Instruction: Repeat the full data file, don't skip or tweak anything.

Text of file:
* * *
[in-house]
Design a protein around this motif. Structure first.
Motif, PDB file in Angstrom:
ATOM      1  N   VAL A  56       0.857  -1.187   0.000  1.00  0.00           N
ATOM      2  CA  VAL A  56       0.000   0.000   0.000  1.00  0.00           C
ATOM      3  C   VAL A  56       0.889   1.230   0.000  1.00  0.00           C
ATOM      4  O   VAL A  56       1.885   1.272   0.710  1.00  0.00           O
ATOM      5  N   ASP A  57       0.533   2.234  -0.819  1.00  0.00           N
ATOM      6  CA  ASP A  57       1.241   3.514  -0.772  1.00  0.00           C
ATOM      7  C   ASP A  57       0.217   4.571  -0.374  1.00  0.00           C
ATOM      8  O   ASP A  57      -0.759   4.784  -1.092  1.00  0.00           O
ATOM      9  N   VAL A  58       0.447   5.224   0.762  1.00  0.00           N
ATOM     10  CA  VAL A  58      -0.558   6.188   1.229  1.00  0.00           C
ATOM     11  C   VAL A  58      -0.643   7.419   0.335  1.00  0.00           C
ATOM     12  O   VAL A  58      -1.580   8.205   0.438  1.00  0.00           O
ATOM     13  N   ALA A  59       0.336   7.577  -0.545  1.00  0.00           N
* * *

[in-house]
Design a protein around this motif. Structure first.
Motif, PDB file in Angstrom:
ATOM      1  N   VAL A  56       0.857  -1.187   0.000  1.00  0.00           N
ATOM      2  CA  VAL A  56       0.000   0.000   0.000  1.00  0.00           C
ATOM      3  C   VAL A  56       0.889   1.230   0.000  1.00  0.00           C
ATOM      4  O   VAL A  56       1.885   1.272   0.710  1.00  0.00           O
ATOM      5  N   ASP A  57       0.533   2.234  -0.819  1.00  0.00           N
ATOM      6  CA  ASP A  57       1.241   3.514  -0.772  1.00  0.00           C
ATOM      7  C   ASP A  57       0.217   4.571  -0.374  1.00  0.00           C
ATOM      8  O   ASP A  57      -0.759   4.784  -1.092  1.00  0.00           O
ATOM      9  N   VAL A  58       0.447   5.224   0.762  1.00  0.00           N
ATOM     10  CA  VAL A  58      -0.558   6.188   1.229  1.00  0.00           C
ATOM     11  C   VAL A  58      -0.643   7.419   0.335  1.00  0.00           C
ATOM     12  O   VAL A  58      -1.580   8.205   0.438  1.00  0.00           O
ATOM     13  N   ALA A  59       0.336   7.577  -0.545  1.00  0.00           N